In 2010, polling sponsored by news organizations in The Wolverine State has declined substantially. In 2006, the Detroit News (20) and Detroit Free Press (4) conducted two-dozen polls at this stage of the campaign. That number has dropped to just two polls during the 2010 cycle.

A similar story has unfolded in Maryland and Massachusetts - states with the third and fourth largest drops in gubernatorial horserace polling, despite both races being quite competitive this year.

In Massachusetts, the number of horserace polls has declined from 35 in 2006 to 22 in 2010. The State House News Service had conducted six polls through September 2006, compared to just one in 2010. News outlets had also sponsored six SurveyUSA polls in 2006, but none in 2010. The number of polls by Suffolk University has also been cut in half, from 10 in 2006 to five in 2010.

In Maryland, the number of polls conducted during the 2006 battle between Republican incumbent Bob Erlich and Democratic challenger Martin O'Malley (30) was more than twice the number it is this year for Erlich's rematch (13), with declining polling by the Baltimore Sun and other news organization poll sponsors accounting for much of this change.

Pennsylvania, meanwhile, has seen the second biggest drop in the number of gubernatorial horserace surveys, from 49 in 2006 to just 29 in 2010.

The change in Pennsylvania has been due in large part to a decline in the number of polls sponsored and conducted by academic institutions.

In 2006, Franklin & Morris, Quinnipiac, Mansfield University, and West Chester University had tallied 22 polls at this stage of the campaign, compared to just nine thus far in 2010.

But not all academic pollsters have cut back their polling efforts in 2010.

Quinnipiac's famed polling organization has delivered as many polls in 2010 across the five states they track (Connecticut, Florida, New York, Pennsylvania, Ohio) as they did in 2006 (40), although it has shifted its focus.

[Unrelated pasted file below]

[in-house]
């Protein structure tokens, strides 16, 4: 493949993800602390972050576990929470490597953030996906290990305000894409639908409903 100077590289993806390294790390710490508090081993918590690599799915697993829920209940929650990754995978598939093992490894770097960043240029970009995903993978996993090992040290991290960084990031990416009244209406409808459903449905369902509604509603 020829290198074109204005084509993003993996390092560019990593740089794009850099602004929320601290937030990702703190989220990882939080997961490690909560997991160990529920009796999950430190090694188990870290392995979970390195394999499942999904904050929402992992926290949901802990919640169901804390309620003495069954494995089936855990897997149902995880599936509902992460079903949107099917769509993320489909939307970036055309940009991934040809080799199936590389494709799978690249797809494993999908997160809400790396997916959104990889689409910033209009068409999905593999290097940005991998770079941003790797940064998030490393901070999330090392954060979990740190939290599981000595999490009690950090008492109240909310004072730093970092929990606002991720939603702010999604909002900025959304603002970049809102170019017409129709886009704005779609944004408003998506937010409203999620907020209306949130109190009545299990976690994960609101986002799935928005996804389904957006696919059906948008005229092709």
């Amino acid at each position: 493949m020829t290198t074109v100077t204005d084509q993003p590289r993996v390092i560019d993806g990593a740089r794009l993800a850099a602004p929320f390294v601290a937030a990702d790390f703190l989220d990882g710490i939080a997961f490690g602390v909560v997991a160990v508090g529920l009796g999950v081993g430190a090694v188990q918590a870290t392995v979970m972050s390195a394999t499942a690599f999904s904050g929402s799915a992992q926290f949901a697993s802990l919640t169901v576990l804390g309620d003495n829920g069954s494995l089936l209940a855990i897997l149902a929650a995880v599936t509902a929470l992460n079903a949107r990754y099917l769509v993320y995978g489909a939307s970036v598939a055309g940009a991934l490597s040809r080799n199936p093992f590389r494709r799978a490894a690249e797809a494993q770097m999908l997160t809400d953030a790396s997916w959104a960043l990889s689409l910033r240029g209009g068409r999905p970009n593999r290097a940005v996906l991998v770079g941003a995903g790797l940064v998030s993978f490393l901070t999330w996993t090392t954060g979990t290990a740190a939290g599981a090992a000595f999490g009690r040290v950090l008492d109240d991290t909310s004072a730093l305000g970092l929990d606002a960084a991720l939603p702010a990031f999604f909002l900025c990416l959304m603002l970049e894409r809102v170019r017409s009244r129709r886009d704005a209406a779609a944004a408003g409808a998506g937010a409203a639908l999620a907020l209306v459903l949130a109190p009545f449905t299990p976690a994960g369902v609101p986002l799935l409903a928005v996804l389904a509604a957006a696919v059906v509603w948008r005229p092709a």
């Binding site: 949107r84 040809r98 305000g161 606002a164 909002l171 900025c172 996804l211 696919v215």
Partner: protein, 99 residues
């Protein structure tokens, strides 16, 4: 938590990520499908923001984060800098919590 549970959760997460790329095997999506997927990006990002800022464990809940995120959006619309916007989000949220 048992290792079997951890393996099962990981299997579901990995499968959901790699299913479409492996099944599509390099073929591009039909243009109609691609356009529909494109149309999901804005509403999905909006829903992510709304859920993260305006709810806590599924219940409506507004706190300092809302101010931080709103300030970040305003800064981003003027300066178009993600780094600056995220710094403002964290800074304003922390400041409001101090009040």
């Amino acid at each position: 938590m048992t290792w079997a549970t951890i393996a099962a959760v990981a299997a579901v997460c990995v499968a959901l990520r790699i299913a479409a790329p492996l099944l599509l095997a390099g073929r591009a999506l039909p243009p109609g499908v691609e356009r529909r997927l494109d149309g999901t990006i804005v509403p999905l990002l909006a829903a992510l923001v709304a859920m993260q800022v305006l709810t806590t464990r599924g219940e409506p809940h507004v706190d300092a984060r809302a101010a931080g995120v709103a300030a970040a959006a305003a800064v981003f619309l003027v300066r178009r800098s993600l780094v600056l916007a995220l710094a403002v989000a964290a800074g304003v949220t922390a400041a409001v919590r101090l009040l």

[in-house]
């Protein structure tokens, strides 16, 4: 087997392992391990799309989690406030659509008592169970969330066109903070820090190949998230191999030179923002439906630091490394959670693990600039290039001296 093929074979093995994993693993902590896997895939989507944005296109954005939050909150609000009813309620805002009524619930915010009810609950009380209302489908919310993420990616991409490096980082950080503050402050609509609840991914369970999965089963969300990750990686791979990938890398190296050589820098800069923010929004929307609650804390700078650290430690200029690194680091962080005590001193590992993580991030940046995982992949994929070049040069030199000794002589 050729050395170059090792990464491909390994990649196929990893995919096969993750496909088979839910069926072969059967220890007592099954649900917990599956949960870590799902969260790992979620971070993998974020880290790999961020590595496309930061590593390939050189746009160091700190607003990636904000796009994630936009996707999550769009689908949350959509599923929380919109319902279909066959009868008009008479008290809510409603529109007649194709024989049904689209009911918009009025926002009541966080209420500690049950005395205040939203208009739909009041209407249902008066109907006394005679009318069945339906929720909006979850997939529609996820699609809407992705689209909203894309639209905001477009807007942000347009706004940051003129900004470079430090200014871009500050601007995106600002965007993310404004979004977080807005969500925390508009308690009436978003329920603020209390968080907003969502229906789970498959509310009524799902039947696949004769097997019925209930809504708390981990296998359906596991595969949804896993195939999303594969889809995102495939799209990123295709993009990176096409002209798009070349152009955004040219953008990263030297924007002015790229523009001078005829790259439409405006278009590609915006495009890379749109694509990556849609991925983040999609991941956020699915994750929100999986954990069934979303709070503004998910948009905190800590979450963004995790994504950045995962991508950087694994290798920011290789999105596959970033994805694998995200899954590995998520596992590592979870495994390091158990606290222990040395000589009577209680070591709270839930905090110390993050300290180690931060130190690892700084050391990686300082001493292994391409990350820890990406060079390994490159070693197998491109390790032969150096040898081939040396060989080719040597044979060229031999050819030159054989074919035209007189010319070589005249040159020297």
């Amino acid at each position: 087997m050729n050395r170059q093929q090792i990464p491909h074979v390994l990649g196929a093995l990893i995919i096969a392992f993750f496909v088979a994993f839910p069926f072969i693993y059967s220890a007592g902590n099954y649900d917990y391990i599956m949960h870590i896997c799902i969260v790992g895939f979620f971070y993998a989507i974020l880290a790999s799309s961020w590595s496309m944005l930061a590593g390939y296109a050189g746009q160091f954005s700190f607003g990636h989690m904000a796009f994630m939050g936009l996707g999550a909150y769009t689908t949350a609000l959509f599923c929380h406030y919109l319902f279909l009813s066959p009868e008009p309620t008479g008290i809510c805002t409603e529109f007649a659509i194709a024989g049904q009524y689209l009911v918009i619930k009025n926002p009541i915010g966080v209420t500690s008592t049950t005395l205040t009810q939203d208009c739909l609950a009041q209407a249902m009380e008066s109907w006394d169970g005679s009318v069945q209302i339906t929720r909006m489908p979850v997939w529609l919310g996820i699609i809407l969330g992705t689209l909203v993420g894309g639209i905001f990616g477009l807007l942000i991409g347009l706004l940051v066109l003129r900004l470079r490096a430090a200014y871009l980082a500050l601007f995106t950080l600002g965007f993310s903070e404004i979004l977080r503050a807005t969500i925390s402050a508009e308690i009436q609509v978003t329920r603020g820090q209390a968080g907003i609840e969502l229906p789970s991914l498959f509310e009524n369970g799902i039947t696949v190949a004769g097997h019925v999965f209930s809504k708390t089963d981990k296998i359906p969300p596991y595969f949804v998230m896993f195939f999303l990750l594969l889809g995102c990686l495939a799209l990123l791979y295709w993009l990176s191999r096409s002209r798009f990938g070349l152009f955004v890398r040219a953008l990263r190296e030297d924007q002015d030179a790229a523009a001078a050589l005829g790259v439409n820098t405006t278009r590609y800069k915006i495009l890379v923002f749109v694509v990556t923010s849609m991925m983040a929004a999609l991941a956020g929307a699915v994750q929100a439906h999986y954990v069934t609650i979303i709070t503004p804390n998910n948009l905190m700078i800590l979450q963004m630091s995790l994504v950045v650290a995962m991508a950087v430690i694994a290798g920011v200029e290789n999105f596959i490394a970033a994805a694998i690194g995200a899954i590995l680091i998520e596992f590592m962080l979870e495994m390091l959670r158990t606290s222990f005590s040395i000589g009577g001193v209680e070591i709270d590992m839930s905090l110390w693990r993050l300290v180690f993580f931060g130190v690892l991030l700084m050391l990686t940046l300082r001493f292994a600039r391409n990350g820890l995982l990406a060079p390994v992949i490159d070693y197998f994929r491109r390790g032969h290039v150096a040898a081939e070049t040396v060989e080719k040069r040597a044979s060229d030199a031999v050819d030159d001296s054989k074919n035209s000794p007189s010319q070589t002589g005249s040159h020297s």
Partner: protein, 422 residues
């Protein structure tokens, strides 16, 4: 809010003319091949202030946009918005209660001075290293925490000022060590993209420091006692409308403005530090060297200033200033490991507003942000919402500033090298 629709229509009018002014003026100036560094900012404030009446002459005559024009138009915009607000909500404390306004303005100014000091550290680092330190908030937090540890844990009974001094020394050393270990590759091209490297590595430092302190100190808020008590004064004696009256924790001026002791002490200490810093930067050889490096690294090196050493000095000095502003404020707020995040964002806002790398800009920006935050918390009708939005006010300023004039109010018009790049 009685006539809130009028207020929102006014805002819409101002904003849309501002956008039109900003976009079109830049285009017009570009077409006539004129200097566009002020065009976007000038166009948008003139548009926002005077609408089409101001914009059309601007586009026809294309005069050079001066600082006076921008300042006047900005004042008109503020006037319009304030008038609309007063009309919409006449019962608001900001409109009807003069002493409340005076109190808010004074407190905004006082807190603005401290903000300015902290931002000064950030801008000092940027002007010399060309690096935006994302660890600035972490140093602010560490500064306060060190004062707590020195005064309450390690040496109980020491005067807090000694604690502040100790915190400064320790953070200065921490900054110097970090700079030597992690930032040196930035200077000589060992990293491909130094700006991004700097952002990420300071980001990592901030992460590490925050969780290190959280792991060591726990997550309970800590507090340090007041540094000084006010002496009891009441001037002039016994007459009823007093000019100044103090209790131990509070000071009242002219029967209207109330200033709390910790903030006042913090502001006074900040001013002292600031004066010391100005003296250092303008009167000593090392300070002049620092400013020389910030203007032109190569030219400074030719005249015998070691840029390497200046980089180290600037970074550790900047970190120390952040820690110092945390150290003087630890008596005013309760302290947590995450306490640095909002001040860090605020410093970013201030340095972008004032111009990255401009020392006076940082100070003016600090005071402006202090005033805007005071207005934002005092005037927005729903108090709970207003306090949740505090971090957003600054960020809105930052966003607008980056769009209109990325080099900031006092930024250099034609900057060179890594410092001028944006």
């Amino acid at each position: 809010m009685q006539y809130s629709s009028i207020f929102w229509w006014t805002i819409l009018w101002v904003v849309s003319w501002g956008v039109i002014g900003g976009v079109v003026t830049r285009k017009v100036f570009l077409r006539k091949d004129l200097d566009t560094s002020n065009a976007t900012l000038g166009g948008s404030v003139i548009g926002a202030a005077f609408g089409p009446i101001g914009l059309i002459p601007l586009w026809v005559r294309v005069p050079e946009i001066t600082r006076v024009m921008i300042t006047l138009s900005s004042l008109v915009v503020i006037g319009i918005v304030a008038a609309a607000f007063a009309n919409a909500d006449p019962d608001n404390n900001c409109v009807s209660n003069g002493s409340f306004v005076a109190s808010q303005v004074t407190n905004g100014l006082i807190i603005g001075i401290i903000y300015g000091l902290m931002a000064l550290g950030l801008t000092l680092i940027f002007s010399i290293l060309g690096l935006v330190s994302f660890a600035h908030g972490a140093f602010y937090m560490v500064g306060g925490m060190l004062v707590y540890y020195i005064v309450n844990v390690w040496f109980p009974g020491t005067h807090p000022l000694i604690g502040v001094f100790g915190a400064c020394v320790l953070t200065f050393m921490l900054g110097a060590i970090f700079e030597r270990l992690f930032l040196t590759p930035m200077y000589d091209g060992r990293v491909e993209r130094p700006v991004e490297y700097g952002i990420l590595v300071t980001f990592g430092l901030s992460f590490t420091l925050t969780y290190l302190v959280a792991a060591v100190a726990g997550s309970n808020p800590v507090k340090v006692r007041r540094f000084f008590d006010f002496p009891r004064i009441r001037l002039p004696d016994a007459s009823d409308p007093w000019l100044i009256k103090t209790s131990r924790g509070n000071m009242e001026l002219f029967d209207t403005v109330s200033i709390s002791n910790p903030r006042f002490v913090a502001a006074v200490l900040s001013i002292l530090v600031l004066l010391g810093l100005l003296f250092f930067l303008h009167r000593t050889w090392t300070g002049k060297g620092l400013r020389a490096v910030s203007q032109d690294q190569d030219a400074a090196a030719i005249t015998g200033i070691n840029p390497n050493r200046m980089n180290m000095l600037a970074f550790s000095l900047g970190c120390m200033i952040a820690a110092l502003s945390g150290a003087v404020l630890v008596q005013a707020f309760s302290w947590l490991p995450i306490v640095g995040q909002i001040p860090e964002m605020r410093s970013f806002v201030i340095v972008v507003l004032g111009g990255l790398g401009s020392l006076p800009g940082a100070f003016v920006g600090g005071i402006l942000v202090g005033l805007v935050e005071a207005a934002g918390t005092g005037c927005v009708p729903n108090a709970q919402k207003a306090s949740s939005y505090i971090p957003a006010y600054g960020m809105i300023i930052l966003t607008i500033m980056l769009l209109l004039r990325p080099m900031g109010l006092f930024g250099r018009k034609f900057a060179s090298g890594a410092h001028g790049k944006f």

The distribution of Quinnipiac polling has moved somewhat away from Connecticut and Pennsylvania (21 polls in 2006, 14 in 2010) and more into Ohio (2 polls in 2006, 11 in 2010).

But the biggest sea change in 2010 has perhaps not been what races have been surveyed, but what organizations are doing the polling.

Although criticized by many - some from the old school for its use of IVR methodology (interactive voice response), some for its one-day polling sample, and some for its founder's frequent appearances on the FOX News Channel - Rasmussen gubernatorial horserace polls have both soared in absolute number from 2006 to 2010 as well as the share of total gubernatorial polling conducted during these two cycles.

In 2006, Rasmussen conducted 204 horserace polls across all but a small handful of the 36 states holding gubernatorial elections that November. Rasmussen was the most prolific pollster 'in the field' that cycle, accounting for 37.8 percent of the 540 polls taken through September.

In 2010, Rasmussen gubernatorial horserace polling has increased 32.8 percent, with 271 polls conducted through September of this year, tracking all 36 states.